In this course, we will explore the evolution of language in conversation and ways to adapt communication and methods through public speaking methods and strategies.
Oct. 1, 11 a.m.
Gachi Gapshida! (We Go Together!): The Entangled History Between the United States and Korea
The United States and Korea share a long history of cooperation based on mutual trust, common strategic goals, and shared values of liberal democracy, free trade, and human rights. Surveying the shared history between Korea and the United States from the late 19th century to recent years, this session discusses how the relationship between the two faraway countries has evolved from enemies to friends, and to allies, which constitutes the linchpin for democracy, peace, and prosperity in Asia.
Oct. 8, 9:30 a.m.
Coiling Building with Clay
Come experience the joy of working with clay, and getting your hands dirty. We will roll out clay coils, join them together to create a vessel. If you would like to experience the joy of clay, sign up for this class.
Oct. 8, 11 a.m.
Legacy of the Early Gulf Coast Cowboys
The story of the original cowboys of the Gulf Coast salt-grass prairies began long before Stephen F. Austin established a colony in the area and invited settlers to join him. It began with dispossessed farmers and nomadic cattle herders from as far away as Scotland, Nova Scotia and Africa. Legacy of the Early Gulf Coast Cowboys blends historical research into the origins of these men and women, with personal anecdotes and stories from their descendants to create a very readable tale.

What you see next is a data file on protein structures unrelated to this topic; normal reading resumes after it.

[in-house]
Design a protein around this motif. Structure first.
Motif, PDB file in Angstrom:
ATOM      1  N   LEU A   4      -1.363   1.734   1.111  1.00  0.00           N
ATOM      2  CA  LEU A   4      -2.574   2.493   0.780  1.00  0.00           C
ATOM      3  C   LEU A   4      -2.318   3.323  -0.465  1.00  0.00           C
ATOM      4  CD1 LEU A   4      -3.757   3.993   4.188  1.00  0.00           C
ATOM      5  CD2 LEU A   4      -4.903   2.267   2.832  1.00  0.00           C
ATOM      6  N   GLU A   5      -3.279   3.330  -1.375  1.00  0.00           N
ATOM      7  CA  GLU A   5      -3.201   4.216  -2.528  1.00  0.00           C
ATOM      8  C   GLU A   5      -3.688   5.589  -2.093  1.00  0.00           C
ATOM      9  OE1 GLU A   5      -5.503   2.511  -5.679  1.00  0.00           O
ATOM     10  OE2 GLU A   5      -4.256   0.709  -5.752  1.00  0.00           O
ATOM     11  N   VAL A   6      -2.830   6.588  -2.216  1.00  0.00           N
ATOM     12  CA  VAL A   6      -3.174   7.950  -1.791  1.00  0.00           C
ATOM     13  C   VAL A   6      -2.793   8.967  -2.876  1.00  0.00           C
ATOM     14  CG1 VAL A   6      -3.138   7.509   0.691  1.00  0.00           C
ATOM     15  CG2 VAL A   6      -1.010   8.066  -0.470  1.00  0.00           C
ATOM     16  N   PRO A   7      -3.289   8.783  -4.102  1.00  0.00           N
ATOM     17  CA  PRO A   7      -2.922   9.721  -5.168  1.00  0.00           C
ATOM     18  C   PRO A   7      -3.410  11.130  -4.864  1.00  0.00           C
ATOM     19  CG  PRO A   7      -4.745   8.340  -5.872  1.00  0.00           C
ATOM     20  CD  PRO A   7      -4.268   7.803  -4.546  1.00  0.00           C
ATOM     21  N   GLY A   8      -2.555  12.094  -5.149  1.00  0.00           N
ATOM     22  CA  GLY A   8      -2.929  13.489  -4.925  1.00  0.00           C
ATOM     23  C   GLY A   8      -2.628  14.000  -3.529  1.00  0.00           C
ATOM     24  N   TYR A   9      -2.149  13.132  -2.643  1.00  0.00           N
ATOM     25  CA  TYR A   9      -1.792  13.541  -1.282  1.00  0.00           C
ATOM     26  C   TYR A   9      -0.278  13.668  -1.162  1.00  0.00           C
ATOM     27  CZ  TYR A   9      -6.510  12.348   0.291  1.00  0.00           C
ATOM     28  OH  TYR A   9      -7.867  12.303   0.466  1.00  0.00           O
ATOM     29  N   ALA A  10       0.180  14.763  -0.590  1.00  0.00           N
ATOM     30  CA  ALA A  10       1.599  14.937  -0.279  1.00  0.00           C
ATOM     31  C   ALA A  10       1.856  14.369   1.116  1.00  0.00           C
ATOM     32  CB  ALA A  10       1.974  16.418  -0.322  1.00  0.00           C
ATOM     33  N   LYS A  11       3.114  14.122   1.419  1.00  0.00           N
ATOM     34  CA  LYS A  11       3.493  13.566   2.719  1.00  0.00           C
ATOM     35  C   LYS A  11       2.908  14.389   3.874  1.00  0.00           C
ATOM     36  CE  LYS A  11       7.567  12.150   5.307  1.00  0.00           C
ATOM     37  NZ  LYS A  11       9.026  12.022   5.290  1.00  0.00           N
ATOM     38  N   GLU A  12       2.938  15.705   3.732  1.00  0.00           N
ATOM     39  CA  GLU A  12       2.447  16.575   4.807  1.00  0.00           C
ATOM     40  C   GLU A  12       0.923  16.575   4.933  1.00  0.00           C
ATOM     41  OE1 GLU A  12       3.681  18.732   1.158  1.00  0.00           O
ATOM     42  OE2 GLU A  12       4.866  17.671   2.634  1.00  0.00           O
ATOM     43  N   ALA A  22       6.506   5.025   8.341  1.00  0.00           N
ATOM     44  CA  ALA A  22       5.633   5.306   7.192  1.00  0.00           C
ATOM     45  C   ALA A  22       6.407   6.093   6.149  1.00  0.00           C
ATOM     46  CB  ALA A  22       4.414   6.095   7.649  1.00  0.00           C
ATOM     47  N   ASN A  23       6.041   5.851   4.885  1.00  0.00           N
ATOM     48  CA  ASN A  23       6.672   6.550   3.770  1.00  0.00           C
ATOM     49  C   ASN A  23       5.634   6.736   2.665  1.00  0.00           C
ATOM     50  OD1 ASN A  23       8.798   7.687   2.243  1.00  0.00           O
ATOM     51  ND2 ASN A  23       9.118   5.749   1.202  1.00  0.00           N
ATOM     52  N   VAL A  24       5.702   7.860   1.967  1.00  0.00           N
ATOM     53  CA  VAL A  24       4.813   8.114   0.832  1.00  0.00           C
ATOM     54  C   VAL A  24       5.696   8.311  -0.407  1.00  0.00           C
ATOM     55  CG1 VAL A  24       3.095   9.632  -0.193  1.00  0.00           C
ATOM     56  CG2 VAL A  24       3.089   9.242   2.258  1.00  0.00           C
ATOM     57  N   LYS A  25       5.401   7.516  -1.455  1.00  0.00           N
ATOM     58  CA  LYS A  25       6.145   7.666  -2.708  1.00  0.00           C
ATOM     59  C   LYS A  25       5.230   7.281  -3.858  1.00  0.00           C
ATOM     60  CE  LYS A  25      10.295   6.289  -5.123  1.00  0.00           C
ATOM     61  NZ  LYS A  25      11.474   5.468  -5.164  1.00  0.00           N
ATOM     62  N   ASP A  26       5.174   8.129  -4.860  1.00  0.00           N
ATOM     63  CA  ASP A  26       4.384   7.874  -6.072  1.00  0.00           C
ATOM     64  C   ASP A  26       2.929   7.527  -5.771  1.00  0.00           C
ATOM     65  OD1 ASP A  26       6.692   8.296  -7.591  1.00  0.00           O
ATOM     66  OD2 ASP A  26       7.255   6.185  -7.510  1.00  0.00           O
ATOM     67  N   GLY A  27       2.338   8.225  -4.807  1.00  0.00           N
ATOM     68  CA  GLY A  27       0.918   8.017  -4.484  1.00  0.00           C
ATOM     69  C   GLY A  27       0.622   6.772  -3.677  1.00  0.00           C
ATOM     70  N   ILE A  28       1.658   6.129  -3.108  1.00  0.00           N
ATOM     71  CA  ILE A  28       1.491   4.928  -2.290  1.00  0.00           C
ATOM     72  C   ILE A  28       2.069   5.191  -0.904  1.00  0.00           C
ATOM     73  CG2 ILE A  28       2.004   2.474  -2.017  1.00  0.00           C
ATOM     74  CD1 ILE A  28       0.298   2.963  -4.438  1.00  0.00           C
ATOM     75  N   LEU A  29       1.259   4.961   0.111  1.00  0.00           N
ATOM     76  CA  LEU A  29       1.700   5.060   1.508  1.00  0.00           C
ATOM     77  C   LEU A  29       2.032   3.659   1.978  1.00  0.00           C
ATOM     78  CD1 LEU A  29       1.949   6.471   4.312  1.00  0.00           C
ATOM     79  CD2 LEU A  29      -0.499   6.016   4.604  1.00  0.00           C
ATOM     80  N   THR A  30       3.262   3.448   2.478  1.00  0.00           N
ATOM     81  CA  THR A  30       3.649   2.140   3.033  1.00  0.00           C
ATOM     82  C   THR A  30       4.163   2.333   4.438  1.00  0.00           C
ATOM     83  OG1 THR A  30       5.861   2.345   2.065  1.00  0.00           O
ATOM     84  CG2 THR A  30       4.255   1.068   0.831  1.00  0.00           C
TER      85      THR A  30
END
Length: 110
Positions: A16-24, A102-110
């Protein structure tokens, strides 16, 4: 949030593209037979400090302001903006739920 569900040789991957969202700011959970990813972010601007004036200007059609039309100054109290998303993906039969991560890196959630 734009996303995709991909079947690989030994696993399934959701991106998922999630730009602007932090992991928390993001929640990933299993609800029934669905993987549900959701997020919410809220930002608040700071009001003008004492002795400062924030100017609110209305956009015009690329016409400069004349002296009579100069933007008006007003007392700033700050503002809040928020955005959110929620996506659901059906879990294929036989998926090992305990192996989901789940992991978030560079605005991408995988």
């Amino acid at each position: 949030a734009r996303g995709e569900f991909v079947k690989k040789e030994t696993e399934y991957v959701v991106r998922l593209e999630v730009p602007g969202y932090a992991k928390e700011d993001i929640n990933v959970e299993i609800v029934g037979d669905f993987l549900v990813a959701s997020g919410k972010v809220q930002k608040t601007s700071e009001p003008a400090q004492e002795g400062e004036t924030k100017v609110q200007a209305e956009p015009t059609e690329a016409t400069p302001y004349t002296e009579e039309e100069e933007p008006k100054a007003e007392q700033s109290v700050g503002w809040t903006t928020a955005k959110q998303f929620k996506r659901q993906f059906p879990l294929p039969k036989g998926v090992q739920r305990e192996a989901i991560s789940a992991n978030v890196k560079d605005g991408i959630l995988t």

Oct. 15, 9:30 a.m.
Sex Traffickers Among Us?
Houston is one of the largest hubs in the U.S. for sex trafficking. Please join a discussion of how Houston got to this point, and what we Houstonians are doing about it, with a discussion led by the author of Searching for Pilar.
Oct. 15, 11 a.m.
Kenyan Culture, Customs and Traditions
The course provides a unique learning experience in nature, culture and traditions of Kenya and its people. During your learning, you will immerse yourself into Kenya's diverse plant and animal life and explore Kenya's natural landscapes and ecosystems.
Oct. 22, 9:30 a.m.
The reason Bizet's Carmen is one of the most performed operas is because it deals with human emotions - love, betrayal, duty and honor, and a little bit of lust. Whether you are new to opera or an old hand, this class will explore the terminology and conventions of opera and examine how they are used to create this popular work. Catchy tunes, great orchestration and a compelling drama will prepare you to watch a performance with the Houston Opera or at home with a video version!